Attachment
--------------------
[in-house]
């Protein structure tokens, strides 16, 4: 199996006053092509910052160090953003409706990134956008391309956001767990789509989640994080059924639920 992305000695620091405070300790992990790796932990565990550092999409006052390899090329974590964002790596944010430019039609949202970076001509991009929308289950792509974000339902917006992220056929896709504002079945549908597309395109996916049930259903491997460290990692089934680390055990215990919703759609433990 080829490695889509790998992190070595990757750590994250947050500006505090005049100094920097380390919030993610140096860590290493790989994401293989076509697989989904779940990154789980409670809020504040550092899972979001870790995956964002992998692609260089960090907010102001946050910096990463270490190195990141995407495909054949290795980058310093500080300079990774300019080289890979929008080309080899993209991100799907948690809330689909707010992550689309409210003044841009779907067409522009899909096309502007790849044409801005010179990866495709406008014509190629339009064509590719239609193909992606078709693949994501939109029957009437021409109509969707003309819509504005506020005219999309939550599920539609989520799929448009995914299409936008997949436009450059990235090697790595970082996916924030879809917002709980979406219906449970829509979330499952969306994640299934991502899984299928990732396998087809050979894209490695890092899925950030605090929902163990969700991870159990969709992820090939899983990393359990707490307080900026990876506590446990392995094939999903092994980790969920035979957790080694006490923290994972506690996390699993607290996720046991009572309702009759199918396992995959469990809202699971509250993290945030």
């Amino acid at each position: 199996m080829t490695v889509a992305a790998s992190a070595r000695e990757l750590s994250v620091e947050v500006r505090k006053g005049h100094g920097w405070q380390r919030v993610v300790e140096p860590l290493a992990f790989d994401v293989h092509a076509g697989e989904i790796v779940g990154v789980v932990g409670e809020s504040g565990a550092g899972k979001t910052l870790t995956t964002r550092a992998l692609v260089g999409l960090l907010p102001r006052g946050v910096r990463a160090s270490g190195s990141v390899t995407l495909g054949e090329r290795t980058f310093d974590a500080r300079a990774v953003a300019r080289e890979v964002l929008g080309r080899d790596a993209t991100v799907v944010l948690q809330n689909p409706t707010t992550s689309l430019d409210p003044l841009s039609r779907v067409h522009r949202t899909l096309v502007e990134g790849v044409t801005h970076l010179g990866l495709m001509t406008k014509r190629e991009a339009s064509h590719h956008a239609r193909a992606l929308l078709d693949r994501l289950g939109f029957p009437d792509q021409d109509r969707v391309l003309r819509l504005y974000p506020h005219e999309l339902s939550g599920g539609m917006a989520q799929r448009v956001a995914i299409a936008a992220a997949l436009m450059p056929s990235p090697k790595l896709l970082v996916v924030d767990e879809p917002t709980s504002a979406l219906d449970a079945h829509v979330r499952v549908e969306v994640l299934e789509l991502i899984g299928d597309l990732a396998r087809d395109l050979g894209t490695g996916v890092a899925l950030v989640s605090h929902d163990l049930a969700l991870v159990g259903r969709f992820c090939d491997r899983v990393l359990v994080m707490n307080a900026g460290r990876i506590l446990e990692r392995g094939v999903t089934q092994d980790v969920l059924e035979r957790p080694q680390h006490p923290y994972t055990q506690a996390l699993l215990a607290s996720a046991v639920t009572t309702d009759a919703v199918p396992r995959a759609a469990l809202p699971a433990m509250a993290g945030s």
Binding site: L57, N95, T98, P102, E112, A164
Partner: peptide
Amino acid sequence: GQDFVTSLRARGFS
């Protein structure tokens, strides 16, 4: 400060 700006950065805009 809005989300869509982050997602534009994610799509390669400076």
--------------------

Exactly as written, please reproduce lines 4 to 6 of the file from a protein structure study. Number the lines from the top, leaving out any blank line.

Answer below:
Binding site: L57, N95, T98, P102, E112, A164
Partner: peptide
Amino acid sequence: GQDFVTSLRARGFS